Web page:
Z94.6 EMPLOYEE & INDUSTRIAL RELATIONS
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BACK PAY. Delayed payment of compensation for work performed and arising from arbitration awards or a grievance procedure regarding particular rates, errors in computation of pay, improper layoff, unwarranted discharge or current legal interpretation of wage legislation. Includes contract settlement made retroactive.
BACK-TO-WORK MOVEMENT. Return of some or all striking workers to their jobs before the strike is ended.
BAND WIDTH. The maximum length of work day from which an employee can choose the hours he or she will work.
BANK. The storage of parts. Bank withdrawals are reported at a later date in order to control incentive earnings at a particular time or to control efficiency performance at that time for non-incentive operations. Considered a falsification of production records in many companies, therefore, a practice subject to disciplinary action.
BARGAINING. The process by which persons or groups with partly conflicting and partly harmonious interests try to agree on a procedure for dividing available resources. Bargaining is likely to occur when each person controls resources desired by the other and a range of agreements can be made that will benefit both persons.
BARGAINING AGENT. Union designated by appropriate government agency, such as the National Labor Relations Board, or recognized voluntarily by the employer, as the exclusive representative of all employees in the bargaining unit for purposes of collective bargaining.
BARGAINING AGREEMENT. (See AGREEMENT.)
BARGAINING RIGHTS. Legally recognized right of unions to represent workers in dealings with employers.
BARGAINING UNIT. A group of employees in a craft, department, plant, firm or industry recognized by the employer or group of employers or designated by an authorized agency such as the National Labor Relations Board, as appropriate for representation by a union for purposes of collective bargaining.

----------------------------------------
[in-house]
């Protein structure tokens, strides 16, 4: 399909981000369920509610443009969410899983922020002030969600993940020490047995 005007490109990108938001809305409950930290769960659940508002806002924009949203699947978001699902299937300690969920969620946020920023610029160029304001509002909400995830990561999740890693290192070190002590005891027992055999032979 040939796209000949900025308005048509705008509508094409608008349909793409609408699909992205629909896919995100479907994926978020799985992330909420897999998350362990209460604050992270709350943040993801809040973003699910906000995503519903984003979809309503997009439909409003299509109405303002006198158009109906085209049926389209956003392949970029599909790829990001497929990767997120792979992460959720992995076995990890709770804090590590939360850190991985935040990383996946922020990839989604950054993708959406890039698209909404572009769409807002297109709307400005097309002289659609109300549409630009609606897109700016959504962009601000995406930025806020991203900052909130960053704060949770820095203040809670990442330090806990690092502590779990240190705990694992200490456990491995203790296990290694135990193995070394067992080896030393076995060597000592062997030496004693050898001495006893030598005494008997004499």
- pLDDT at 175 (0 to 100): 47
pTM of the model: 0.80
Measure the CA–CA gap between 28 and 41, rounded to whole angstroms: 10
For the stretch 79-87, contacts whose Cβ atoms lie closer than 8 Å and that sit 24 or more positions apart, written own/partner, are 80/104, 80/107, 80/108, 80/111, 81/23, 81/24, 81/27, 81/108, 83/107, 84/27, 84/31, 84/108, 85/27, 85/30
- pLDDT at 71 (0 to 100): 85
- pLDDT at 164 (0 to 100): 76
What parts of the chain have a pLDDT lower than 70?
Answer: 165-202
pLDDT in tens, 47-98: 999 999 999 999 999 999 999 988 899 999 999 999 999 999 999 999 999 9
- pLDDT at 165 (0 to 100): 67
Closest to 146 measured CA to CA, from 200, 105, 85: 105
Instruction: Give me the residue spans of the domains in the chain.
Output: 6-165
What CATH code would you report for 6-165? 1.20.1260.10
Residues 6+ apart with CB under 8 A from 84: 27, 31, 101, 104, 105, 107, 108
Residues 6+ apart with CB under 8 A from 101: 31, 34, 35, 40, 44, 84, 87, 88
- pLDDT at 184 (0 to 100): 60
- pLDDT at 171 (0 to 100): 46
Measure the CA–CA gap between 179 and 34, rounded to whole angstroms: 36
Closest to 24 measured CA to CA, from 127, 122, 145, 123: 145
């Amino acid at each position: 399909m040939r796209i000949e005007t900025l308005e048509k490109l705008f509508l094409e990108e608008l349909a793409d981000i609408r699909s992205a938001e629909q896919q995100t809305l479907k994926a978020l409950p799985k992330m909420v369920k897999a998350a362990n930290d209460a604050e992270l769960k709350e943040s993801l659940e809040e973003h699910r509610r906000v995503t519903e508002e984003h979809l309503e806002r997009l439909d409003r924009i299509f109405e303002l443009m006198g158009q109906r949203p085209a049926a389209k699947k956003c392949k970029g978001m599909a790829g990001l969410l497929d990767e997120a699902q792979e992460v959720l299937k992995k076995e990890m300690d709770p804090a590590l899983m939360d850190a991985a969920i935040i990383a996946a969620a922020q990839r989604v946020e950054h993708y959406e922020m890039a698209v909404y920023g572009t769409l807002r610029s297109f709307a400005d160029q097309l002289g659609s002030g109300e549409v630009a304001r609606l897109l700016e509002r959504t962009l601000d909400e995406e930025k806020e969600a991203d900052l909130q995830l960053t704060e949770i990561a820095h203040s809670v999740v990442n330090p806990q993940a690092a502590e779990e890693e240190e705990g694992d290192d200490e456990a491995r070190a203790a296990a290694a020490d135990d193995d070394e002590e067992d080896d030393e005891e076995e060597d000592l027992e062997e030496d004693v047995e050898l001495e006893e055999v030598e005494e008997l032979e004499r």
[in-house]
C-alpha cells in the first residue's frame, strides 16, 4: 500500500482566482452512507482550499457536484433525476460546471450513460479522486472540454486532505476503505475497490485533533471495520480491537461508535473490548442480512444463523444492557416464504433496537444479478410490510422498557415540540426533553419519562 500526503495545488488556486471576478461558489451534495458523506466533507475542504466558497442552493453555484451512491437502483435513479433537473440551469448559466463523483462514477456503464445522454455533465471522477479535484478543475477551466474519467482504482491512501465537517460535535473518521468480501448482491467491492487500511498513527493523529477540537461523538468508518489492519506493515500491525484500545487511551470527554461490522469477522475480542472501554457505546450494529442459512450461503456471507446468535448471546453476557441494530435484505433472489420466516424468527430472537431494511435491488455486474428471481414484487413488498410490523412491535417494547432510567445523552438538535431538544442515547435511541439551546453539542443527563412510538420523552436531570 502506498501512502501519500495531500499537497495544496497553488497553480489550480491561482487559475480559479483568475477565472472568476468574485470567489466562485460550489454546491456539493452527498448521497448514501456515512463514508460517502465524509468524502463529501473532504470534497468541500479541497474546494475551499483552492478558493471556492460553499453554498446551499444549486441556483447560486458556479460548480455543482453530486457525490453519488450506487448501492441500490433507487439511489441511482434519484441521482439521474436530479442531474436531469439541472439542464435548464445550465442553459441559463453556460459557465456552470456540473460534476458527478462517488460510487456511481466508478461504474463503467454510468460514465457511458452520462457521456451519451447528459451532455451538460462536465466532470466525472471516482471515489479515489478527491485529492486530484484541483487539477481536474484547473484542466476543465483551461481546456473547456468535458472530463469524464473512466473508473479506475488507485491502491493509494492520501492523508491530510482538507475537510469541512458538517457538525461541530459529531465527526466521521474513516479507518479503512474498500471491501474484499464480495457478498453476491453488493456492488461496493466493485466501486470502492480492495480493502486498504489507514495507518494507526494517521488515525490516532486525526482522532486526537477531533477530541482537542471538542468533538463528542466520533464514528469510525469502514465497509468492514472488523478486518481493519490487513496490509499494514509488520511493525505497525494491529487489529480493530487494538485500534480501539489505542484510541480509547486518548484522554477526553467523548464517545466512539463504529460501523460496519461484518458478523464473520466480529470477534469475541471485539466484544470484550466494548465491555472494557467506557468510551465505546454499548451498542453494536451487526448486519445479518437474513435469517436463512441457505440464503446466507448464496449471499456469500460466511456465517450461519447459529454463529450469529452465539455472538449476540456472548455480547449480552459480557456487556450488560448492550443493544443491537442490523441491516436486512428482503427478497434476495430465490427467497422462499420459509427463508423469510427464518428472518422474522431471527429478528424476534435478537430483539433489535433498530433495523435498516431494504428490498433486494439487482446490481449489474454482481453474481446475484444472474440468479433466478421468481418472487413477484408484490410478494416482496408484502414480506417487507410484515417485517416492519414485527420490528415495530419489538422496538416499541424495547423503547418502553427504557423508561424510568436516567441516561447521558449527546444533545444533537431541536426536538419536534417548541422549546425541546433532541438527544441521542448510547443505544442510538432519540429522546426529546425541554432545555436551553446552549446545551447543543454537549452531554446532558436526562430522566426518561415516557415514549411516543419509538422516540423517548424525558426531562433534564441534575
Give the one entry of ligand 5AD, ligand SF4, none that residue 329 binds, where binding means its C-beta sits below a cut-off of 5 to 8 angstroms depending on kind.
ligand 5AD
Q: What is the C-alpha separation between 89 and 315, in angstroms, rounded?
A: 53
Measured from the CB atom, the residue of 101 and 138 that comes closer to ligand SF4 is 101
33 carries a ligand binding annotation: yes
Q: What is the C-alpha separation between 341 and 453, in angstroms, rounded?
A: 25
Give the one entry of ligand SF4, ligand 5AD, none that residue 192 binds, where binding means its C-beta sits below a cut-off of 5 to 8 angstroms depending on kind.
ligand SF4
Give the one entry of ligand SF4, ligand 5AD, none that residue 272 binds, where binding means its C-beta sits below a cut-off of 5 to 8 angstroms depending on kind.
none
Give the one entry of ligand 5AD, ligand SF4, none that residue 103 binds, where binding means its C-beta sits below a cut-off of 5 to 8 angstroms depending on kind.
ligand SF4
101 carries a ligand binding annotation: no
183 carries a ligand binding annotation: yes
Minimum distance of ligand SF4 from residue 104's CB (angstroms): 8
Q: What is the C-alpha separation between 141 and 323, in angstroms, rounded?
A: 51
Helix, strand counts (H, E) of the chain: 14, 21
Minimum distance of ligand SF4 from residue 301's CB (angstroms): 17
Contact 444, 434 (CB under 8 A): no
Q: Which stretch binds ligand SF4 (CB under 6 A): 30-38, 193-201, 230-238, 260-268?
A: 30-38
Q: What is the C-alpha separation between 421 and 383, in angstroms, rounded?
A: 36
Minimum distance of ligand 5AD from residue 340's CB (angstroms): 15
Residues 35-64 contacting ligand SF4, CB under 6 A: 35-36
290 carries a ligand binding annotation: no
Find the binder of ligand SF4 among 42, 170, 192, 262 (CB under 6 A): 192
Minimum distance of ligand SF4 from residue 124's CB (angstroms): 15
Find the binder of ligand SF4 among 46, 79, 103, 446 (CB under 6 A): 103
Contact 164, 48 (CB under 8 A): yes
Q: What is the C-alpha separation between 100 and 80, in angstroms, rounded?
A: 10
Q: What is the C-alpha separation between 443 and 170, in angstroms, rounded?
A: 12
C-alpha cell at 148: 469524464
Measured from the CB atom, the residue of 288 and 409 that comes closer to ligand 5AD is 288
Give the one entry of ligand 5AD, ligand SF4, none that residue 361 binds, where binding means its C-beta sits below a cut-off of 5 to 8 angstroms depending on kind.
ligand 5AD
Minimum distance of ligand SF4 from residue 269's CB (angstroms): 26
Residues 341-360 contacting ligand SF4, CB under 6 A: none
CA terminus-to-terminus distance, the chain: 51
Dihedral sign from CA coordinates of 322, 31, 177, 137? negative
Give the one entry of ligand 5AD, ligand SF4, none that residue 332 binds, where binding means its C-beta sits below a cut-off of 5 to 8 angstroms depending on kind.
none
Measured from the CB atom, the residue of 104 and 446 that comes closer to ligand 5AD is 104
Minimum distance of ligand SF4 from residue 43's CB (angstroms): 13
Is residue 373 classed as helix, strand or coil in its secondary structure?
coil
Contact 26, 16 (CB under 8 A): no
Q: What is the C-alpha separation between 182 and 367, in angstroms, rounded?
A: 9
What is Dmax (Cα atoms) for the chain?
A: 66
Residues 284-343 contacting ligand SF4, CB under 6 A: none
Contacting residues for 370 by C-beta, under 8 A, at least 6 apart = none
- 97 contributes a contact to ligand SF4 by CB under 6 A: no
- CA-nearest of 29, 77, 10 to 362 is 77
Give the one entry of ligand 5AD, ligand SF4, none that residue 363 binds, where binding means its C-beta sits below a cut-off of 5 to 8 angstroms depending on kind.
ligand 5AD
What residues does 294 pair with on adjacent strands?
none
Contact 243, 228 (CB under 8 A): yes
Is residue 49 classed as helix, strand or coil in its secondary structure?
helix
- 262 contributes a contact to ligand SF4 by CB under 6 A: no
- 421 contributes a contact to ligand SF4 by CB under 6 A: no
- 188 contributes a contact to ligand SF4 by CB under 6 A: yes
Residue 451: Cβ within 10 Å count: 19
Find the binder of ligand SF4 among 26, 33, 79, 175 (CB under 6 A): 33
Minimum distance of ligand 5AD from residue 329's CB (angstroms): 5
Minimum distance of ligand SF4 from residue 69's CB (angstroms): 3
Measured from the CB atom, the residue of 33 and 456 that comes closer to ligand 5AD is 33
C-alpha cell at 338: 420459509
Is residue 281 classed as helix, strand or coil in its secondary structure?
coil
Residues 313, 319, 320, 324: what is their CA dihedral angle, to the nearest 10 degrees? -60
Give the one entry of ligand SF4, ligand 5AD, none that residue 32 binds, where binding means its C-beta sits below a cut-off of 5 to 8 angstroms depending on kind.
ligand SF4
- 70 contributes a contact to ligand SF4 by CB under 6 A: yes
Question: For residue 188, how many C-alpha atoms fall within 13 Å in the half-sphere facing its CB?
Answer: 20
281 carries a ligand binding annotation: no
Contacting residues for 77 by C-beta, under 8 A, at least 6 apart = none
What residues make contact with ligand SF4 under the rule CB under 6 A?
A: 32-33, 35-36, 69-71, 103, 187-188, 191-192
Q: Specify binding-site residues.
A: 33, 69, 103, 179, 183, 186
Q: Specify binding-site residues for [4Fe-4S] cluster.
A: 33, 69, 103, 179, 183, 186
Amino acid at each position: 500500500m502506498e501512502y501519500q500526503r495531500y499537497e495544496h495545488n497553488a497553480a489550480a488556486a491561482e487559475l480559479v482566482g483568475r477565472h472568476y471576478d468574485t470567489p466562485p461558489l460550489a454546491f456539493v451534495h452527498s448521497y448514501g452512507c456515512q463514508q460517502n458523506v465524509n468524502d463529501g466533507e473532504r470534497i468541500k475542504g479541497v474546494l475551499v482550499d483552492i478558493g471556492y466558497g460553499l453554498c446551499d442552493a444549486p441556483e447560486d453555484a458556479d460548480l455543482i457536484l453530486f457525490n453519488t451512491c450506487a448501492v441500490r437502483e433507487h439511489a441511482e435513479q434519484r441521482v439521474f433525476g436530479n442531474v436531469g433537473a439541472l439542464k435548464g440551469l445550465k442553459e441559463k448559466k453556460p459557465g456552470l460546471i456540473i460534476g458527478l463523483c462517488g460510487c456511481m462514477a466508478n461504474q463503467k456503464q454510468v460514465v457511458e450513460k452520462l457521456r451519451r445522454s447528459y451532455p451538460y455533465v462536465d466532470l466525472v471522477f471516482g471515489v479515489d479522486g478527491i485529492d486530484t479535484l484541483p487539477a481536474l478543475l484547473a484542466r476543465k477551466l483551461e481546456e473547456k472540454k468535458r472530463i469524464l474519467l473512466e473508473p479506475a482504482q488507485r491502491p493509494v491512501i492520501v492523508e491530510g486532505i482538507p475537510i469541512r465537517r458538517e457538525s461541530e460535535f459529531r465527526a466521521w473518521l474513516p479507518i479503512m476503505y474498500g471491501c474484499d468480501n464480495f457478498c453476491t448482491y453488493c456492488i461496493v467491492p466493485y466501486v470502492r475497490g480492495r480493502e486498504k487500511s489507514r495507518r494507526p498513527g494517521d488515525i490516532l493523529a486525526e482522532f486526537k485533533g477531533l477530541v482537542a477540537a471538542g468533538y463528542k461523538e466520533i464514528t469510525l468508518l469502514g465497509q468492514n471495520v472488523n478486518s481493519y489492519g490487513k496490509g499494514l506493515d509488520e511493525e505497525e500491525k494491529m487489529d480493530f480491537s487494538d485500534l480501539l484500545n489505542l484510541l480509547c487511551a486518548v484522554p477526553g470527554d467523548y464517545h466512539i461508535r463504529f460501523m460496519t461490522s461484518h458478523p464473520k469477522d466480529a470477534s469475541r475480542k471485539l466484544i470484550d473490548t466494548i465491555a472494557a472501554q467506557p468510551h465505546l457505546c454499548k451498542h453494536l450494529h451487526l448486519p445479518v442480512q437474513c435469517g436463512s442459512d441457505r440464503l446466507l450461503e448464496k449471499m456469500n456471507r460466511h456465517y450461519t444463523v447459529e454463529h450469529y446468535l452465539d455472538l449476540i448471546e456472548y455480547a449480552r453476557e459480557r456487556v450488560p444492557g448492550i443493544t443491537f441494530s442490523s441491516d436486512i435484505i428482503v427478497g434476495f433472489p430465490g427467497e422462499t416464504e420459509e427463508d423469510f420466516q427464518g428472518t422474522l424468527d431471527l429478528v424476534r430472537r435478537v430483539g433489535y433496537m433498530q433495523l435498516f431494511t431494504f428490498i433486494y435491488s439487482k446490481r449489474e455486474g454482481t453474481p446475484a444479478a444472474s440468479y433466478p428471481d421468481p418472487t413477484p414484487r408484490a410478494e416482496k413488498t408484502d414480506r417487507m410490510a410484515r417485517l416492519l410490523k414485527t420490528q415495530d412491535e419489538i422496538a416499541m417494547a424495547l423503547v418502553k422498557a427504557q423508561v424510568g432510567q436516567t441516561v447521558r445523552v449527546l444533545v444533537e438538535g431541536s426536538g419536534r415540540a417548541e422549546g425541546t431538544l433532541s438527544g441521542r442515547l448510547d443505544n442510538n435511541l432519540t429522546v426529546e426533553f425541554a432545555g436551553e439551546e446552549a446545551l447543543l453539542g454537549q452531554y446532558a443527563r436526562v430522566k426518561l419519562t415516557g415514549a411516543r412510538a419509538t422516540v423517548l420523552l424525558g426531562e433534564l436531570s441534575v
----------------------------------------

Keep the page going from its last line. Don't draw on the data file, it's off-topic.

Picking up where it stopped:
BASE PAY. Minimum rate of compensation for a given task when performed by a fully qualified employee. May differ from rate paid during training or probationary periods.
BASE POINTS. Term used in job analysis referring to minimum point score value for a given evaluated factor.
BASE RATE. The amount of pay set for a given job or classification based on a period of time, exclusive of bonus, premium or differential amounts which may be added for specific reasons.
BASE SALARY. (See BASE PAY.)
BASE WAGE RATE. (See BASE PAY.)
BASIC PIECE RATE. A set payment for a unit of production exclusive of additional allowances.
BEGINNER RATE. Compensation rate during initial probationary period or while learning a new job.
BEHAVIORAL SCIENCES. The sciences concerned with the behavior of men and women in organizations, especially social anthropology, psychology, and sociology, including aspects of biology, economics, political science, history, philosophy, and other fields.
BENCHMARK. A standard with characteristics so detailed that other classifications can be compared as being above, below, or comparable to it. Most frequently in job evaluation, benchmark refers to a job, or group of jobs, used for making comparisons either within the organization or to comparable jobs outside the organization.
BENCHMARK EVALUATION METHOD. A job evaluation technique in which the pay rate for a job under study is established by comparison with pay rates for jobs selected as standards or benchmarks.
BENCHMARK JOB. A job or task accepted as a gauge for comparison of other jobs or tasks.
BENCHWORK JOB. A task performed at a table, bench or fixture of similar configuration.
BENEFIT. Compensation other than direct wages or salary. Usually includes holiday and vacation pay; health, disability and life insurance; social security and unemployment compensation; and pension contributions paid by the employer.
BENEFIT LIMITATIONS. The minimum and maximum restrictions placed on a benefit.
BEREAVEMENT PAY. (See FUNERAL LEAVE PAY.)
BINDING ARBITRATION. An agreement between the parties to arbitration in which the arbitrator’s award is final and binding upon both parties. Labor arbitration awards may be appealed to the courts if one of the parties to the arbitration believes that the arbitrator exceeded his/her authority under the contract.
BLUE-COLLAR WORKERS. Term for manual workers, usually those employed in production, maintenance, and related occupations, and paid by the hour or on an incentive basis. (See WHITE-COLLAR WORKER.)
BOARD OF ARBITRATION. A board usually consisting of three members, a union representative, a company representative, and an independent representative chosen by the union and management, who join together to hear a labor dispute.